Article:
Wynne won't play 'Let's Make A Deal' with opposition to avoid a spring election
TORONTO - Ontario's Liberal government is committed to introducing a new "revenue stream" to fund public transit in the upcoming budget, Premier Kathleen Wynne vowed Tuesday, dismissing an NDP warning not to raise taxes on middle-class families.
Wynne said she wasn't prepared to play "Let's Make A Deal" to avoid the minority government's defeat on its fiscal plan.
"I look forward to being able to work with the opposition parties, but at the end of the day if the budget that we put forward is not going to be supported by the opposition, then we'll be into a spring election," she said.
As the legislature resumed sitting for the first time in two months, all three parties were jockeying for position in advance of the budget, expected in March or early April.
In a letter sent to Wynne Monday night, NDP Leader Andrea Horwath warned she "will not support any new taxes, tolls or fees that hit middle-class families."
But Wynne said the Liberals are "committed" to finding a way to fund transit expansion in the heavily congested Toronto-to-Hamilton corridor, and will decide by budget time whether that will be an increased tax on gasoline, road tolls or some other levy.
"We have made a clear commitment to investing in transit," she said. "It's interesting, the way that the leader of the NDP frames her letter, she doesnâ€™t talk about investments in transit or the need for us to have infrastructure built."
Speaking with reporters Tuesday, Horwath stressed that her party "will not tolerate" any hike in the gas tax or new road tolls to fund transit, but refused to say if the NDP would vote against the minority government's budget if it includes tax hikes.
"I have made my position clear, and there is no room for misunderstanding," she said. "We don't think that hitting families with yet another sales tax hike is going to actually grow our economy, and we don't agree with the (PC Leader Tim)Hudak-Conservatives' plan for new, private, 407-style toll highways."
The Progressive Conservatives, who want an election as soon as possible, are pushing their own bill to create one million jobs over eight years, and are opposed to the idea of new taxes to pay for public transit expansions.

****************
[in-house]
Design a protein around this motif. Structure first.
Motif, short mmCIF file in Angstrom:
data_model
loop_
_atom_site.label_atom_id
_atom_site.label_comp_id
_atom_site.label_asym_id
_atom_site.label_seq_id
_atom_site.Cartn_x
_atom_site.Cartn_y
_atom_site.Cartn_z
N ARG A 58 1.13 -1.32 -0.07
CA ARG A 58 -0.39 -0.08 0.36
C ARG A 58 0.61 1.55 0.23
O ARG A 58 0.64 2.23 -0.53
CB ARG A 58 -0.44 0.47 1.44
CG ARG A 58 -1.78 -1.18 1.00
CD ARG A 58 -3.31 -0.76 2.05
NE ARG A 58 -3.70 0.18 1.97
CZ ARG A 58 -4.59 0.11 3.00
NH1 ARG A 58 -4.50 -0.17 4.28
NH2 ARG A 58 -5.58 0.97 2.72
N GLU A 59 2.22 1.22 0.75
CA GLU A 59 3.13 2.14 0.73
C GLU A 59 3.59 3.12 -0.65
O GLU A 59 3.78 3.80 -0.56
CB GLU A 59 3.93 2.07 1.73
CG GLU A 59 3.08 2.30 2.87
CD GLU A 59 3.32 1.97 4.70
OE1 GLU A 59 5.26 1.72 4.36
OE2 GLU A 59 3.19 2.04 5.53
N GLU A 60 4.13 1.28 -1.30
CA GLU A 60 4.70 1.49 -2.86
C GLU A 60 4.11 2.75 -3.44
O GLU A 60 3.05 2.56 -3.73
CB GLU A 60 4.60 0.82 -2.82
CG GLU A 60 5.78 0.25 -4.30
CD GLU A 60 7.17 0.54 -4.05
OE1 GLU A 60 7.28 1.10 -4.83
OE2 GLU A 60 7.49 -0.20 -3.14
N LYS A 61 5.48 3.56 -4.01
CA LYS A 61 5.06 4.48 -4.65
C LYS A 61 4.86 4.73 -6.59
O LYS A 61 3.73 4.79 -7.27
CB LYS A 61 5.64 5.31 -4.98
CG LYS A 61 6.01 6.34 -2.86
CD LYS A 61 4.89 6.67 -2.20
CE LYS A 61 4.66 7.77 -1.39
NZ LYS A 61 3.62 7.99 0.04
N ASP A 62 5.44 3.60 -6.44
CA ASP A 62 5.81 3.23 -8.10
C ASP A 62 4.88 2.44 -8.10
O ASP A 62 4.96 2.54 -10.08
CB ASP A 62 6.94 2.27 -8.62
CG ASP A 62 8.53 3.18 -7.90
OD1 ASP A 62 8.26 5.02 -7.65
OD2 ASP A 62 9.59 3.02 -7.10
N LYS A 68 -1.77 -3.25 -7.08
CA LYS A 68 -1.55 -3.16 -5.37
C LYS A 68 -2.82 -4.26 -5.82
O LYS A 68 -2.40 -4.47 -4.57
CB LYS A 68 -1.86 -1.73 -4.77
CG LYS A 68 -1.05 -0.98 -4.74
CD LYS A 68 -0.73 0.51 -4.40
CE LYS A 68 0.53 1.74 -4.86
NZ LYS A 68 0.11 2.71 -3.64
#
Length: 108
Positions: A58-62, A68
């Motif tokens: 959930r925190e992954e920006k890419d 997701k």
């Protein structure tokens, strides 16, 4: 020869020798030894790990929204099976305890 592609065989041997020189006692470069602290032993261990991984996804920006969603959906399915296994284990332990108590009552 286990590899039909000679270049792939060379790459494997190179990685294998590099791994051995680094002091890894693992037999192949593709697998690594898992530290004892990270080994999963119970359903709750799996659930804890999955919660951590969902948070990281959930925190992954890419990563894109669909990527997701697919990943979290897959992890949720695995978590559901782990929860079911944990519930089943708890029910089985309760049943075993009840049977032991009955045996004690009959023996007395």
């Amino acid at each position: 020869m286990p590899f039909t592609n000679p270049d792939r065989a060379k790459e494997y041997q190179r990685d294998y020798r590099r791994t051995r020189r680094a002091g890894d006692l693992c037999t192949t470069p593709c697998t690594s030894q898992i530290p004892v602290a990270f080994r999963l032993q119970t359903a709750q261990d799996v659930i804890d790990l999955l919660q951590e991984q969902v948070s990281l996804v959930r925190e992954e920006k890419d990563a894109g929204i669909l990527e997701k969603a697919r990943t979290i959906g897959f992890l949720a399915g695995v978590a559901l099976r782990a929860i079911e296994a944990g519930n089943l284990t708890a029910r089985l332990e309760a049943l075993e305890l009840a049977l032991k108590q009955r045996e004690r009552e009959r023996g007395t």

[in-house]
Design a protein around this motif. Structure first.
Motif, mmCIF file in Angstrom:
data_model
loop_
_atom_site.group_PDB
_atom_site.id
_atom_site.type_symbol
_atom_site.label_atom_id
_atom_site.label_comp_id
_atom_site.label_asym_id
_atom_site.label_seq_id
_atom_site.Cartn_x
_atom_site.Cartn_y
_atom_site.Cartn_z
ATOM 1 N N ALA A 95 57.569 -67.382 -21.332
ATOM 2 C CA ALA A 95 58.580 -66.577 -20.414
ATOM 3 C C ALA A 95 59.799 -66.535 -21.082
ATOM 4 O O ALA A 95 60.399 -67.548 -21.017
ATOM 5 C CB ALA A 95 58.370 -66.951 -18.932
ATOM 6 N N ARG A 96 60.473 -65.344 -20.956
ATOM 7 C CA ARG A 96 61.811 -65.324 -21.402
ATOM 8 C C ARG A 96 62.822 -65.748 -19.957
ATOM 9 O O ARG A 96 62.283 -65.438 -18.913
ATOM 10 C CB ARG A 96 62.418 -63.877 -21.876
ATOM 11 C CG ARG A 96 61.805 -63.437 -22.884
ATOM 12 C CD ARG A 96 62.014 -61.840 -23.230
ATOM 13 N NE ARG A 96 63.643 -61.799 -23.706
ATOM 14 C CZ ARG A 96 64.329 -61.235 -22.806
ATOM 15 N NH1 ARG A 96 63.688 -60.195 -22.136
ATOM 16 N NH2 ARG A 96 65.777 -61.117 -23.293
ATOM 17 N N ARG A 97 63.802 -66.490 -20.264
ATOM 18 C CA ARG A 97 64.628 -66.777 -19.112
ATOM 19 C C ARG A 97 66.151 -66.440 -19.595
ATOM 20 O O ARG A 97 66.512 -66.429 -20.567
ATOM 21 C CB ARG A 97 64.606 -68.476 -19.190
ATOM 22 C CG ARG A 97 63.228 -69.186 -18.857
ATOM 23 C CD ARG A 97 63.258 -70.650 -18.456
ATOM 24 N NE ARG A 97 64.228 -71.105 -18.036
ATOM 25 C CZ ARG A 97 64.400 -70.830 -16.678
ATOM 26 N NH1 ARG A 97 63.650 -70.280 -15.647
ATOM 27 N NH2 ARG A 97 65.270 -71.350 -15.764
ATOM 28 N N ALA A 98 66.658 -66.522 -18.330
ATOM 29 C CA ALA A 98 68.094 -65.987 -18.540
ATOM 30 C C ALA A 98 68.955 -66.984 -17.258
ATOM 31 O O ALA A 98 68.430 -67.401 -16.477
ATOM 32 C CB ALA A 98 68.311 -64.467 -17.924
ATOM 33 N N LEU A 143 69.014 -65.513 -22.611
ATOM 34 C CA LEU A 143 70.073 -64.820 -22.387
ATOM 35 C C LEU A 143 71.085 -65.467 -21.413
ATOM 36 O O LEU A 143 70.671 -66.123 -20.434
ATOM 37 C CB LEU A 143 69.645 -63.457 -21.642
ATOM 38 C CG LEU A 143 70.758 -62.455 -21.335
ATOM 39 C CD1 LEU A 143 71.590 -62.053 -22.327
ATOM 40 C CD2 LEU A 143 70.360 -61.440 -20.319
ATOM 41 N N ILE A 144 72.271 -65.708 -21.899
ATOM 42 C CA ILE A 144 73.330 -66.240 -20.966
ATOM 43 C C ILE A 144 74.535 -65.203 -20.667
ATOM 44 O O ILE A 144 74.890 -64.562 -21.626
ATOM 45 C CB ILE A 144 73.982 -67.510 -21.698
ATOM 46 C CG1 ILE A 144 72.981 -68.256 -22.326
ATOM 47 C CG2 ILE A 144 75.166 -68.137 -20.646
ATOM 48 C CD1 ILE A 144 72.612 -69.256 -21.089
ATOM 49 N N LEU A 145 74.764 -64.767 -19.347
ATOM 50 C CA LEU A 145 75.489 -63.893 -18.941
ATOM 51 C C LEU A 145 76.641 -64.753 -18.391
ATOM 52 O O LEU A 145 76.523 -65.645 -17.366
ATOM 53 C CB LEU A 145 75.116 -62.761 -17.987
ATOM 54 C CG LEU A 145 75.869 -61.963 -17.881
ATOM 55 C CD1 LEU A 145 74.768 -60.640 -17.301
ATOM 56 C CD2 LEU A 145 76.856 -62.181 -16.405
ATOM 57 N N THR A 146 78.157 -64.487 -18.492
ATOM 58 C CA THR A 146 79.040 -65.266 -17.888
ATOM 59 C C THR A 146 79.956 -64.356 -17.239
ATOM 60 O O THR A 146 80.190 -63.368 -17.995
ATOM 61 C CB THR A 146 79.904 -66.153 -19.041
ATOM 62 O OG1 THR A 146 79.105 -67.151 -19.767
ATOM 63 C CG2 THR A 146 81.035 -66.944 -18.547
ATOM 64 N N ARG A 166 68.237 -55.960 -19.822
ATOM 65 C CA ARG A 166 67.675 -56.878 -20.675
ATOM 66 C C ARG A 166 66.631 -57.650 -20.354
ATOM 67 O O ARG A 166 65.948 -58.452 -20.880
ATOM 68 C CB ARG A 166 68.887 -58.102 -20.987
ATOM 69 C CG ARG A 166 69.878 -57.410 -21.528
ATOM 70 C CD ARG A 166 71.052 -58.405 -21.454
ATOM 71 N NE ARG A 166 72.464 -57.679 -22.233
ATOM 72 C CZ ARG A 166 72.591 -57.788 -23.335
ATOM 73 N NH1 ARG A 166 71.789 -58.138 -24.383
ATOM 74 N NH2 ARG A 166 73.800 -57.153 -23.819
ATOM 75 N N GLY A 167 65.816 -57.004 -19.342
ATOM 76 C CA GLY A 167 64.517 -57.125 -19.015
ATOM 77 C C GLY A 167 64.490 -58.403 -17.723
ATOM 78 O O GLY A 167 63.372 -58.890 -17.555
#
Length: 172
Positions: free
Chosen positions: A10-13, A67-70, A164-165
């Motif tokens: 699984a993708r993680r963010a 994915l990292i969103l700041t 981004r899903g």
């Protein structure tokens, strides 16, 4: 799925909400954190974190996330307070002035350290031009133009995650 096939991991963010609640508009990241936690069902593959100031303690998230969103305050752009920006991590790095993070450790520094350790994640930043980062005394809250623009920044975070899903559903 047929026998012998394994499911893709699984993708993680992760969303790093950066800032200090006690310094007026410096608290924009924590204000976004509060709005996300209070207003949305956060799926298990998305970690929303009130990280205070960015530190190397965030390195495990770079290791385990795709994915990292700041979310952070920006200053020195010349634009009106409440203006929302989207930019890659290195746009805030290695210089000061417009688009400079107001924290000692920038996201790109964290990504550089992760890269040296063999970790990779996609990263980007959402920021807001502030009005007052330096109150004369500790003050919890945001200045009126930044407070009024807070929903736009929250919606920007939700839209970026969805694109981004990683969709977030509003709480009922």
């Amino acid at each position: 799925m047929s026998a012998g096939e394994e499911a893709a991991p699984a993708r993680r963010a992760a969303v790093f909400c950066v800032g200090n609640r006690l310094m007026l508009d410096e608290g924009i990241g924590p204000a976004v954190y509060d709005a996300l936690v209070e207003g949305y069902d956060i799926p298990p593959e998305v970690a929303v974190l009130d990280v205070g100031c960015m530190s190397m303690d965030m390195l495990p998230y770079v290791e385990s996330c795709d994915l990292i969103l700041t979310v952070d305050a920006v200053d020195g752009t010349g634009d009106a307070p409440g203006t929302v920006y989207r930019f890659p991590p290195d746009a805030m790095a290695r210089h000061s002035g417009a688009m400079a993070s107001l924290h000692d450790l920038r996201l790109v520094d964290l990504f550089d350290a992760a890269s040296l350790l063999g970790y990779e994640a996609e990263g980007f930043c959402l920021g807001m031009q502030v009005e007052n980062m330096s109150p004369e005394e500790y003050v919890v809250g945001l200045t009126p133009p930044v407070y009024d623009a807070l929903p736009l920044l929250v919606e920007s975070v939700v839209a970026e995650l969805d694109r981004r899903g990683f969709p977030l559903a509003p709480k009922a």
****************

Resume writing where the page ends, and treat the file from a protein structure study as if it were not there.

"I think it's unfortunate that the premier sees taxpayers as revenue tools," said Hudak.
The Tory leader did not hold out any hope they would be more co-operative than they were on the last two budgets, which they vowed to oppose even before seeing the Liberal plans.
"If she (Wynne) wants to give some helpful amendments to my million jobs plan, I'm all for it," added Hudak.
Horwath also refused to say if she would support Wynne's promise to introduce an Ontario Pension Plan, something the NDP proposed four years ago, and said only that the party would announce its position on pension payroll deductions in the future.
The premier complained she can't get Horwath to commit to the NDP's own idea for a provincial pension plan now that Ottawa has refused to enhance the CPP.
"She doesn't talk about the need for retirement security for the people of the province, so we're committed to those things," said Wynne.
Horwath's letter to Wynne said taxpayers see their money wasted by the Liberals on such things as the "politically motivated gas plant cancellations" prior to the 2011 election, which cost up to $1.1 billion.
Horwath, meanwhile, would still not say what the NDP's position is on the Liberals' decision to hike Ontario's minimum wage to $11 an hour, even though it does not require legislation.
There were 20 government bills left over from the fall session, including one to give workers up to eight weeks unpaid leave to care for a sick family member and another to increase penalties for selling cigarettes to kids.
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